MANILA, Philippines—Close to 100 children were treated to award-winning stories during a special Inquirer Read-Along session on Saturday morning, which featured the launch of “Shorts,” a digital compilation of Junior Inquirer (JI) short stories.
The event marked Inquirer Read-Along’s seventh anniversary, as well as Ocean Month.
“You read stories to connect with your imagination. You read newspapers to connect with the world,” Inquirer Learning editor Chelo Banal-Formoso, who led in the unveiling of “Shorts,” told the children at the beginning of the program.
Miss Philippines-Earth 2014 winners, frequent Read-Along storyteller Rich Rodriguez and Sophia School principal Ann Abacan engaged the kids with tales of a broccoli spear fighting to stay healthy, a school of fish working together to clean up the ocean, and a toothbrush who lacked an appreciation for his job.
Featuring Philippine Navy
The session also featured the Philippine Navy as a returning partner on the occasion of its 116th anniversary.
All the stories read were winners of the 2003 Junior Inquirer Awards and were transferred to digital format created by MegaMobile, the mobile development unit of the Inquirer Group of Companies.
Rodriguez opened the session with the story “The Worst Job in the World,” written by Andionne Celeste Parlade and illustrated by Jo Ann Bereber-Gando. It is about a toothbrush who hated his job of cleaning a child’s teeth until a new toothbrush arrived and he was relegated to another job cleaning a toilet bowl.
Abacan read the story “That’s All It Takes” written by Shanika Hettige and illustrated by Albert Rodriguez, which tells of a school of fish that took the initiative of cleaning up the ocean by working together to pick up the trash.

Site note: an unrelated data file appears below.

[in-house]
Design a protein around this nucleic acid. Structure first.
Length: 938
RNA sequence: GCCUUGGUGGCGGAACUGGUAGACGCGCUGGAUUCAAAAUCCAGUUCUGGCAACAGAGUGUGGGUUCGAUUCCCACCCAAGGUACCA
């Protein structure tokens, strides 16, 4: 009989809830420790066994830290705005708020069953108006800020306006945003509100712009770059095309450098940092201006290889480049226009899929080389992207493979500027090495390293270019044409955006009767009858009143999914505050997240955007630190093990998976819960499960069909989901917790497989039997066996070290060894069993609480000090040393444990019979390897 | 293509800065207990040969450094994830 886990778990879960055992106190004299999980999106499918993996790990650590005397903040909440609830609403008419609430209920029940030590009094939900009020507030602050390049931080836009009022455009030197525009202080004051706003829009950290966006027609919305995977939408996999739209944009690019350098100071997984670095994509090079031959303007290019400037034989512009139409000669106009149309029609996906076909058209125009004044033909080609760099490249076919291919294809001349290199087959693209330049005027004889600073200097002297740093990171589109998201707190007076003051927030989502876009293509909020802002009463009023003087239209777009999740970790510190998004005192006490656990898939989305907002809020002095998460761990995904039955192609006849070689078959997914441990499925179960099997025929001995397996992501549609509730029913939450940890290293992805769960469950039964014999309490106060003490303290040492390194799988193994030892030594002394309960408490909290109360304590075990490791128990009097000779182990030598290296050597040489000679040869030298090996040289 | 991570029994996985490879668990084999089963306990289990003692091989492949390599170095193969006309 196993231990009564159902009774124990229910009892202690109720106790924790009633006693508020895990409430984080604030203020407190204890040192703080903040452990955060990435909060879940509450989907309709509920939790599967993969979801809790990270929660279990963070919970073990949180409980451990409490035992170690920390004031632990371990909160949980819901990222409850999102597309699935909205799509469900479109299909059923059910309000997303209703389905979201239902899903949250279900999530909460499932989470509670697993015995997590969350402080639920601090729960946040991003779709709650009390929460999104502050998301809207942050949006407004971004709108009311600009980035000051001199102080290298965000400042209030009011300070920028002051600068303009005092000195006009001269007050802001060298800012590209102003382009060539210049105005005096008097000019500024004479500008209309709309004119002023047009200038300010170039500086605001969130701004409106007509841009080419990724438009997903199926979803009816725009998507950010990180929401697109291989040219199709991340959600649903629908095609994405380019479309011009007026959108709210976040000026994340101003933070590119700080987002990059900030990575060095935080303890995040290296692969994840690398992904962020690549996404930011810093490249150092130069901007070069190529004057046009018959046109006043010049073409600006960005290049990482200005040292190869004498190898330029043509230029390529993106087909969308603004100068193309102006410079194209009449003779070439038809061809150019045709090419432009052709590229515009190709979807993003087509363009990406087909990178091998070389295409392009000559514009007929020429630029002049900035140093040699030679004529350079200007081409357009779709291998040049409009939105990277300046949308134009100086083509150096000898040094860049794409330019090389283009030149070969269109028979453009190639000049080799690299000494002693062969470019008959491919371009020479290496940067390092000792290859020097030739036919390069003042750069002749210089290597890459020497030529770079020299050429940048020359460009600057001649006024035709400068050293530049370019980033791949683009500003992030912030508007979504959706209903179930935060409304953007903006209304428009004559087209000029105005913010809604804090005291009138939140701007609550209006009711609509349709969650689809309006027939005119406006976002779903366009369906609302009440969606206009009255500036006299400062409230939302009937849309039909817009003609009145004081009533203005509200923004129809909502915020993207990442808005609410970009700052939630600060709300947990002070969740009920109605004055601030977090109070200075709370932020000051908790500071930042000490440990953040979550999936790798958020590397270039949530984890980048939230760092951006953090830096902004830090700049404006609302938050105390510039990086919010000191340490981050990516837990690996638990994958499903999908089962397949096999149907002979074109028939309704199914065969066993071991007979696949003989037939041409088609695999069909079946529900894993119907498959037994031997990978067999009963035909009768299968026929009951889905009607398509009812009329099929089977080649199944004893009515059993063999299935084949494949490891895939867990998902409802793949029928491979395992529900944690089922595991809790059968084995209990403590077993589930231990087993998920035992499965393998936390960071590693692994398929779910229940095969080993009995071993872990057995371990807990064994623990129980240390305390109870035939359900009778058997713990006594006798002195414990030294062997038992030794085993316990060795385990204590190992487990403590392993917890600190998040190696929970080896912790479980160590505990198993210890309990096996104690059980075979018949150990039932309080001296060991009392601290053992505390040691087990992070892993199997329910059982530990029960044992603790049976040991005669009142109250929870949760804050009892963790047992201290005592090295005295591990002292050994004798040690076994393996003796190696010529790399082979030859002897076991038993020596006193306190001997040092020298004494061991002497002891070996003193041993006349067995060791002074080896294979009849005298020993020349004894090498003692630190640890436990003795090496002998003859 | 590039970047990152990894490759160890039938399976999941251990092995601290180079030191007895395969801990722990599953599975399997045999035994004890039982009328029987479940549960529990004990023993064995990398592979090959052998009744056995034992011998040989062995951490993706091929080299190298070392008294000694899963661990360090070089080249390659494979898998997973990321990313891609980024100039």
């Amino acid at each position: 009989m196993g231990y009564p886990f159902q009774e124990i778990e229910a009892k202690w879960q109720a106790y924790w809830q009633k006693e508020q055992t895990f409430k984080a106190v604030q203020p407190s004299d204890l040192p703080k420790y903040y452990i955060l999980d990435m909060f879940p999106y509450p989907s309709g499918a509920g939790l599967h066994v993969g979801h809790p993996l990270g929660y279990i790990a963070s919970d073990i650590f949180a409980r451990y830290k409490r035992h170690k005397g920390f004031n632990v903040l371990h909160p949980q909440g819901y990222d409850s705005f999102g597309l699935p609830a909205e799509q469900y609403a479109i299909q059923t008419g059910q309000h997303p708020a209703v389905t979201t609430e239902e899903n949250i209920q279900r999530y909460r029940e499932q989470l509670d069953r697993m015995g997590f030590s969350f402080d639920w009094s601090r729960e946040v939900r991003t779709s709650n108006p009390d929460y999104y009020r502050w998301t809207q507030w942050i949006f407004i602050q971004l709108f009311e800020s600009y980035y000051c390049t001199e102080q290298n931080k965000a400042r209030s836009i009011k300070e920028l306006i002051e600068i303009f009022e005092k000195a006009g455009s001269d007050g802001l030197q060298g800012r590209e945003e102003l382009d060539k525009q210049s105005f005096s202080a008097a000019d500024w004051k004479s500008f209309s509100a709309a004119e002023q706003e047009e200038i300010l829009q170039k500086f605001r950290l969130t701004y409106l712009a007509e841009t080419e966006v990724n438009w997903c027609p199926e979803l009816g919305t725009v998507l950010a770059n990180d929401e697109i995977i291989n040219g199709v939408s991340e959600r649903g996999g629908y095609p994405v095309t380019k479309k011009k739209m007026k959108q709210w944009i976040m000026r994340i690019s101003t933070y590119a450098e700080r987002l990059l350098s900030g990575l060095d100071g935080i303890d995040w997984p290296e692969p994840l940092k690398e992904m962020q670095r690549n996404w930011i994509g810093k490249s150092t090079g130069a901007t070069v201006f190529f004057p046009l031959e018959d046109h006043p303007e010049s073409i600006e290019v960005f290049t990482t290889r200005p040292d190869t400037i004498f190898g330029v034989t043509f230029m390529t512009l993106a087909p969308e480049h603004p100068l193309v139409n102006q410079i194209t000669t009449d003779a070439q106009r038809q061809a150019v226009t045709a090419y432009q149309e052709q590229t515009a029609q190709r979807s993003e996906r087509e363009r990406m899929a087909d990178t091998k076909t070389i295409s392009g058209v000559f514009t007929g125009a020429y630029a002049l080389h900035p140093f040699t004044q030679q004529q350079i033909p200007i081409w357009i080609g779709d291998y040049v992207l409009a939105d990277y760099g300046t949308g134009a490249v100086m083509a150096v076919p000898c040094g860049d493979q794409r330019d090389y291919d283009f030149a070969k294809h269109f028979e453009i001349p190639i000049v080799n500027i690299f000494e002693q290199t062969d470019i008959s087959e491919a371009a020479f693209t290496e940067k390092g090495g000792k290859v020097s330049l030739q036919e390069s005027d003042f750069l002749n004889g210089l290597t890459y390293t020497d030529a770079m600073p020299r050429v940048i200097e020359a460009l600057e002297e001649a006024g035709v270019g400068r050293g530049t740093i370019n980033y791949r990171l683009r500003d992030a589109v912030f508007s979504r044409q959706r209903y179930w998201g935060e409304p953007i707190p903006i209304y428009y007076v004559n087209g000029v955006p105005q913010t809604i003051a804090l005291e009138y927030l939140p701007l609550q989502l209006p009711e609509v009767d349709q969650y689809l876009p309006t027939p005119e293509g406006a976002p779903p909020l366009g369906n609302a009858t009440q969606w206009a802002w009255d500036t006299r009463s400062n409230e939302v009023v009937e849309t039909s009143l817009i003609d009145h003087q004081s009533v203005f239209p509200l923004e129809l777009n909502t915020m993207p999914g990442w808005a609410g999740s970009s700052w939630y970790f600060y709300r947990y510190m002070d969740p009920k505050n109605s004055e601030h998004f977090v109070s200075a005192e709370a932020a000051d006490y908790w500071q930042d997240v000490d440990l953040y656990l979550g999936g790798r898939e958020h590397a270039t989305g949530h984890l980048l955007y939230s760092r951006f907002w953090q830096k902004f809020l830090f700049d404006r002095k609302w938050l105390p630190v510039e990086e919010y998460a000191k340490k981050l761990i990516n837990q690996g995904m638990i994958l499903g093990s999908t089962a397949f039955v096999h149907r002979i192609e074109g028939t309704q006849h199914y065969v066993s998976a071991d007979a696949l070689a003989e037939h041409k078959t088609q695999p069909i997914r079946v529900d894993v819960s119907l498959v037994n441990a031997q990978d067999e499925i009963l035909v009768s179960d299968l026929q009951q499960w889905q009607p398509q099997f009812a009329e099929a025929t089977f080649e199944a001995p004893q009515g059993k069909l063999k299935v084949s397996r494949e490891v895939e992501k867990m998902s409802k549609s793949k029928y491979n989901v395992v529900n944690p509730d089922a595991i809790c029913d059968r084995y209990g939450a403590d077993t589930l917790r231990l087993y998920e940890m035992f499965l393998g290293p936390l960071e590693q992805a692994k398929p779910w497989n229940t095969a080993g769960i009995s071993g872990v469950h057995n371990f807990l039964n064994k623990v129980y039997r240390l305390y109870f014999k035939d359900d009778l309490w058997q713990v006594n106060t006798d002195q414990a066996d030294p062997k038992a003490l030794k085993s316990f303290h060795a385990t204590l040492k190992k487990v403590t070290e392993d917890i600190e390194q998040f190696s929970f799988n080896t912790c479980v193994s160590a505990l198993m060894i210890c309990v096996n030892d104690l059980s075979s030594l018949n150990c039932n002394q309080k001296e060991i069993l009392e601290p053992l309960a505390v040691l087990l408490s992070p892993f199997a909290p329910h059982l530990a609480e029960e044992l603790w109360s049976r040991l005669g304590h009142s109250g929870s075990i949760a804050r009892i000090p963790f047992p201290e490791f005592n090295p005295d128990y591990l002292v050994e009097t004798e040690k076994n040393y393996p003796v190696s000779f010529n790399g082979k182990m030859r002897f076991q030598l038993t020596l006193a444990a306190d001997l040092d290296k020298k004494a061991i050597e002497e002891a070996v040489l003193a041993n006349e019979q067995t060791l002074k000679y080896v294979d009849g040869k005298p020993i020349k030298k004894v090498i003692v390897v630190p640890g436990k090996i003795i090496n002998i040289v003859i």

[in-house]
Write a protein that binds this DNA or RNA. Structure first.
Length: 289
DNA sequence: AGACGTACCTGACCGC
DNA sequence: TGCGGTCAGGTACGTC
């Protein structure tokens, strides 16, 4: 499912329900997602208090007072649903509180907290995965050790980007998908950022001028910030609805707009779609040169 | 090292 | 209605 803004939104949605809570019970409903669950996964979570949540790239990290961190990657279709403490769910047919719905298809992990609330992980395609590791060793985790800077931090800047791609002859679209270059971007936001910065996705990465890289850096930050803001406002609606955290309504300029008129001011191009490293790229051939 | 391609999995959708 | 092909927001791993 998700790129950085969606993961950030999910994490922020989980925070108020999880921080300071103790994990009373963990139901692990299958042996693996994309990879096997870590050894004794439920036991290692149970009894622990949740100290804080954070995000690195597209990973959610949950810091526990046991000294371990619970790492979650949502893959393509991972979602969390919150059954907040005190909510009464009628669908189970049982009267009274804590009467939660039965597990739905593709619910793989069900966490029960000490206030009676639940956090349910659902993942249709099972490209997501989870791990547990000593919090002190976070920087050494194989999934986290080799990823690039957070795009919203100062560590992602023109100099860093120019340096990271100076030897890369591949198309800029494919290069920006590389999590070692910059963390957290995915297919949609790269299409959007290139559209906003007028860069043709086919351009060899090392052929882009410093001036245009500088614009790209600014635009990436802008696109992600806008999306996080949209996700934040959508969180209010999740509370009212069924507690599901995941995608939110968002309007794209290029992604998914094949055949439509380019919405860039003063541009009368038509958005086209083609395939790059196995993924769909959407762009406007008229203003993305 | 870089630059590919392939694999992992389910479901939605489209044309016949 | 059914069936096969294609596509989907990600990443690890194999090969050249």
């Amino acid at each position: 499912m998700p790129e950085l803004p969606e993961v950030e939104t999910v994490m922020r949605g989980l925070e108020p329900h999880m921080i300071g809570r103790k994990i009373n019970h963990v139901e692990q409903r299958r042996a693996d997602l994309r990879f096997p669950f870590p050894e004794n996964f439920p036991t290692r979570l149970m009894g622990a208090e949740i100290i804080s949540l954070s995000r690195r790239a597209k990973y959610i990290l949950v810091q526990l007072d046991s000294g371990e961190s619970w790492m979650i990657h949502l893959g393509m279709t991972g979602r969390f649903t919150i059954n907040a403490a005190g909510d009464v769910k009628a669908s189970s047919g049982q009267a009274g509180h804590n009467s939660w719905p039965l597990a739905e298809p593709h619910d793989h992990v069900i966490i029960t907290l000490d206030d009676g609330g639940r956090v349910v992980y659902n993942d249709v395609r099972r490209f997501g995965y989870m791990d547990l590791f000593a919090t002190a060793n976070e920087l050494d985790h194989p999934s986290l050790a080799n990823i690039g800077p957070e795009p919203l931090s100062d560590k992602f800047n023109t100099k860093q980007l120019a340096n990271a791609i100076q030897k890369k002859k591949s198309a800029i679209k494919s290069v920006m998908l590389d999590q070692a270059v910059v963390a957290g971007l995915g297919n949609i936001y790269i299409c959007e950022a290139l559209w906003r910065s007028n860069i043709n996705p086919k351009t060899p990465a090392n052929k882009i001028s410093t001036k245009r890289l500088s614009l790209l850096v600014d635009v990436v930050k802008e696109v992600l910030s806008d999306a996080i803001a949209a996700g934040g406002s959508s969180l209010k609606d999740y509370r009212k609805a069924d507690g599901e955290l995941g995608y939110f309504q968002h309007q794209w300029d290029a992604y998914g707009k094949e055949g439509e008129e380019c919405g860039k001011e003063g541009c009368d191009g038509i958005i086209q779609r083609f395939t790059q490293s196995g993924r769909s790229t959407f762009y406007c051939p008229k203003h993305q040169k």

Miss Philippines-Eco Tourism Monique Manuel, Miss Philippines-Air Diane Querrer and Miss Philippines-Water Kimberly Covert read the story “Food Wars II: Attack of the Broccoli” written by Pinky Nagtalon and illustrated by Lyra Garcellano.
“This is a part of our advocacy projects to tie up with organizations that share common goals, specifically on environmental awareness,” said Cmdr. Gregory Fabic, director of the Naval Public Affairs Office.
“The Read-Along is one of the best venues to promote environmental awareness, particularly for kids. In their young minds, we need to instill the value of protecting our environment,” he said.
Reading is fun
Covert, a first-time Read-Along storyteller, said she was touched to see the kids participating in their presentation. “Our goal was for the kids to enjoy the story. We hope it sent the message that reading is fun,” she said.
Manuel, who played the villain Count Durian in the story, said they had to be in character to unleash their creative side in interpreting the story.
Querrer said it was important to develop reading habits while young “because you’ll bring that habit with you as you grow old.”
Neil Elpusan, system developer from MegaMobile, said: “MegaMobile was tapped to develop an I-book for this Junior Inquirer short stories compilation. Undoubtedly, Junior Inquirer’s content is excellent, while MegaMobile has the capability to transform this content into digital format. The Inquirer has always been responsive to technological developments and innovation in terms of channels where its content can be made available.”
Philippine Navy Officers’ Wives Association (PNOWA) adviser Joy Tacad and president Eucille Amba also expressed their support for promoting reading among children.
The kids were treated to snacks by Dunkin Donuts, Healthy Options and PNOWA, and received caps from the Philippine Navy.
The session, hosted by Junior Inquirer editor Ruth Navarra and Libre editor in chief Chito de la Vega, was in cooperation with the Miss Earth Foundation, Hands-On Manila, F. Benitez Elementary School, ChildHope Asia Philippines and Virlanie Foundation.
The next Read-Along session is on June 14 at the Inquirer main office.—With reports from Marielle Medina, Rafael L. Antonio and Kate Pedroso, Inquirer Research and Celeste Atas, Gabrielle Pantaleon and Fazniyara Lukman, interns